Environmental Science (ES)
ES - Environmental Science Courses
ES 100 Introduction to Environmental Sciences 3.
Interrelationships between human populations and the natural environment. Human population trends, agriculture, air and water pollution, biological diversity, forest and land use, energyand mineral resources, and toxic substances. Consideration of related economic factors, laws, politics, political behavior, and ethical questions.
ES 113 Earth from Space 3.
This course takes an orbital perspective on Earth and its natural resources. Particular attention is paid to how humans are changing Earth, challenges to sustainably managing natural resources, and how satellite Earth observation has enabled these discoveries. Students will gain a fundamental understanding of how satellite sensor systems work, how they enable us to understand the dynamic Earth, and the role that remote sensing plays in natural resource challenges.
ES 150 Water and the Environment 3.
This interdisciplinary course focuses on the essential role of water in supporting all life on earth, and the expected impacts of rapidly changing water resources. Aspects of water issues will include physical sciences and engineering, life sciences, and social sciences. Case studies outline the importance of water in the global context and in specific settings, including North Carolina. The course will help prepare students for living in a rapidly changing world.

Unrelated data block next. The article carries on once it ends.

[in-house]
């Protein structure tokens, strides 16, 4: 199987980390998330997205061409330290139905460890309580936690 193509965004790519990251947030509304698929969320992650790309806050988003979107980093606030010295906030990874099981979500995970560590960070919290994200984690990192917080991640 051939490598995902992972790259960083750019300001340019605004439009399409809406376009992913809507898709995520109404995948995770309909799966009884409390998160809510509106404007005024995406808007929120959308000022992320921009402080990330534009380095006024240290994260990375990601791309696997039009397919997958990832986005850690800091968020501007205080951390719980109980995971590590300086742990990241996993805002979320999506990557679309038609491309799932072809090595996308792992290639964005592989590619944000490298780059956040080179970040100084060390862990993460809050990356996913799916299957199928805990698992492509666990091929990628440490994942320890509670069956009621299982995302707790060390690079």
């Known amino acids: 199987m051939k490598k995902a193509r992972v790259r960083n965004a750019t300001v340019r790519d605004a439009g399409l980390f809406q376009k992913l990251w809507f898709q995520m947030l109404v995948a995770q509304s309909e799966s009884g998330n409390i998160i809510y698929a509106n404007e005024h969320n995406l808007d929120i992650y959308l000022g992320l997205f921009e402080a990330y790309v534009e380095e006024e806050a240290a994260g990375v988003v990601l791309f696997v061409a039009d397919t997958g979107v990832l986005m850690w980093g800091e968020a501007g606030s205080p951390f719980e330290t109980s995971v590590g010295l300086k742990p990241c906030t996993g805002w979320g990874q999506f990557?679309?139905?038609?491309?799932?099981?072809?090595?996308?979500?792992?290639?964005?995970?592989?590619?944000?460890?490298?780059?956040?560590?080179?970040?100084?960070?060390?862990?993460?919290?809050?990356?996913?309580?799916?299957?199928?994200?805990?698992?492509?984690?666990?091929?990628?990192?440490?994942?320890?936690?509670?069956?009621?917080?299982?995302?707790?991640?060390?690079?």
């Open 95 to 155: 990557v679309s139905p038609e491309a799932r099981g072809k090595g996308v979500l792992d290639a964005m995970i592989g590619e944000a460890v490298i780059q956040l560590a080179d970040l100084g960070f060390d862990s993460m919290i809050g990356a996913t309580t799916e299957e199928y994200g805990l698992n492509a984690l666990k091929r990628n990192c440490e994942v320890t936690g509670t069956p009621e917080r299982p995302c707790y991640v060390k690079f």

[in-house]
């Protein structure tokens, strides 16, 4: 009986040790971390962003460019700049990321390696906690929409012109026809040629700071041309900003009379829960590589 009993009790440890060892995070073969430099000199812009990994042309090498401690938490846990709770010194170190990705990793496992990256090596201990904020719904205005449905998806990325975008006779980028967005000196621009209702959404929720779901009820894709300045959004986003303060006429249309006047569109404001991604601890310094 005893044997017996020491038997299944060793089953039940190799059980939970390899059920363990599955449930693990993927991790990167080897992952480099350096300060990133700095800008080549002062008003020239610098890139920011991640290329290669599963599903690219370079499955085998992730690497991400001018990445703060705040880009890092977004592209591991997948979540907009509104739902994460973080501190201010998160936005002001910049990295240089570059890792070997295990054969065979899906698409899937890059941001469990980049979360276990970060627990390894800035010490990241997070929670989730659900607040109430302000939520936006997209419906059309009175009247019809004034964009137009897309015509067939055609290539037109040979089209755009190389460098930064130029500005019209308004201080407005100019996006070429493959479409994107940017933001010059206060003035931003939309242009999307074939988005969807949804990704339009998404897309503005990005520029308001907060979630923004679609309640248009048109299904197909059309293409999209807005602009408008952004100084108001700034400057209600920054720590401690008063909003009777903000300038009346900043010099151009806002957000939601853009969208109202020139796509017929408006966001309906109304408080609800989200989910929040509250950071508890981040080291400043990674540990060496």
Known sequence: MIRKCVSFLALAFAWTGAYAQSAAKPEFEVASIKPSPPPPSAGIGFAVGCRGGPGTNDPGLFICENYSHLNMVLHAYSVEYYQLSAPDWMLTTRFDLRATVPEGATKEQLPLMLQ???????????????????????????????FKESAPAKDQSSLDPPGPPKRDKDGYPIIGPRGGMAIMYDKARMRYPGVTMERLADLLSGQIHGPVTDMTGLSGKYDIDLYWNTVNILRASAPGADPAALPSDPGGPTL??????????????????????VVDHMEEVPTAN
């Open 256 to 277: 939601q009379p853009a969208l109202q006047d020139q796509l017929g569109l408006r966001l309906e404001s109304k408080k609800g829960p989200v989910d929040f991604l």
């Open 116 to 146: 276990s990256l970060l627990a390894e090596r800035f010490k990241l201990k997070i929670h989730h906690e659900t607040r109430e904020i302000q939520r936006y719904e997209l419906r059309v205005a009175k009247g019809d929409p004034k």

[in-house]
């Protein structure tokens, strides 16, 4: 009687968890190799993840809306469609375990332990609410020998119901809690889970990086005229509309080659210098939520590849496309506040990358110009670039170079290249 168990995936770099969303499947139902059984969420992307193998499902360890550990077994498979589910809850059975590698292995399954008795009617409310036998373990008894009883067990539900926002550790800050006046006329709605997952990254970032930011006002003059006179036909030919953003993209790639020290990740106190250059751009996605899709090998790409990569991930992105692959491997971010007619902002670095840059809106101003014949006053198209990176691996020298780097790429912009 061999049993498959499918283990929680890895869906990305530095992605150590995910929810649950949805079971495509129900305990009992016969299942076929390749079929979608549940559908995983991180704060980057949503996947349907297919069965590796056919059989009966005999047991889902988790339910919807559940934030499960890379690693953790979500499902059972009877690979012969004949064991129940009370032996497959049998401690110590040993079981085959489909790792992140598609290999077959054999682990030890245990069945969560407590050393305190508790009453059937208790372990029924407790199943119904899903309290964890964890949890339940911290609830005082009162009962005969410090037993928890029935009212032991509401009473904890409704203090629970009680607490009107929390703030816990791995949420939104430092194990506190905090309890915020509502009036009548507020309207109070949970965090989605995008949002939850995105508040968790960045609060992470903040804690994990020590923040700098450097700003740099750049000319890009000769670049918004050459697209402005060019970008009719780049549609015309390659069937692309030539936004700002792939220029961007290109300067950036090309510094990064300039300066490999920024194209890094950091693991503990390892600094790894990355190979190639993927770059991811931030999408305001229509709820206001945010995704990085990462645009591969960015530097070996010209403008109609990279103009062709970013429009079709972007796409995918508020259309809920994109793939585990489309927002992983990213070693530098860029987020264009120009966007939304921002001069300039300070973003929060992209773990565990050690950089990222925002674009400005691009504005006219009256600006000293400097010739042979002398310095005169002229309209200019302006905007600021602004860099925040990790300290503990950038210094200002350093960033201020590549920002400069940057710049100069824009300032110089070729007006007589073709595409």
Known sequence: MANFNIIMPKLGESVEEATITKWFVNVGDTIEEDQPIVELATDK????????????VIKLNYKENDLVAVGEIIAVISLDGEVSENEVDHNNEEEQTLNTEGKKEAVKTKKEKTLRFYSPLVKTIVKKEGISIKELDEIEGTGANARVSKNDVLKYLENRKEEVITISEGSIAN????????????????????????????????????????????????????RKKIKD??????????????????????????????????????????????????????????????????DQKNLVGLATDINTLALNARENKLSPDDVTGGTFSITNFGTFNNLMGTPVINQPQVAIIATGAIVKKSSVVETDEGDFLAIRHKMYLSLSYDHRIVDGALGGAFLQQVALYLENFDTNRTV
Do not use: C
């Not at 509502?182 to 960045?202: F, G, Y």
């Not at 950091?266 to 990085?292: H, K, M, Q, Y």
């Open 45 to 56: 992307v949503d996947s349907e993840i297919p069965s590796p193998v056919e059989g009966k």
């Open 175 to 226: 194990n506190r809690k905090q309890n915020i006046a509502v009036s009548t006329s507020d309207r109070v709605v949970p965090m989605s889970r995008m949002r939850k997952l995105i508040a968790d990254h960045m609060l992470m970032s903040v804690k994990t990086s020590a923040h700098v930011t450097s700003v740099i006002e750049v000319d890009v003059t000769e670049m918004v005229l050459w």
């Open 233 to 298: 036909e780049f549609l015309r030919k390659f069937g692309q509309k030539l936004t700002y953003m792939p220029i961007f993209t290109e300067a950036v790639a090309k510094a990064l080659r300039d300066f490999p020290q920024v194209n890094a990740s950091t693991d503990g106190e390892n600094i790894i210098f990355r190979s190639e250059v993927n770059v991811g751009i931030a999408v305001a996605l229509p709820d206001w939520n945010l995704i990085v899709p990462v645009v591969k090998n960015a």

ES 200 Climate Change and Sustainability 3.
This course explores the relationships between humans and the environment with interdisciplinary content. Focus is on past impacts of climate change on human activities and future prospects. Course content is based on lectures with students also responsible for developing and presenting seminars.
ES 295 Special Topics in Environmental Science 1-4.
Provides instruction on rapidly emerging curriculum. Also provides courses on an experimental basis before incorporation into the curriculum. See specific course offering for course details.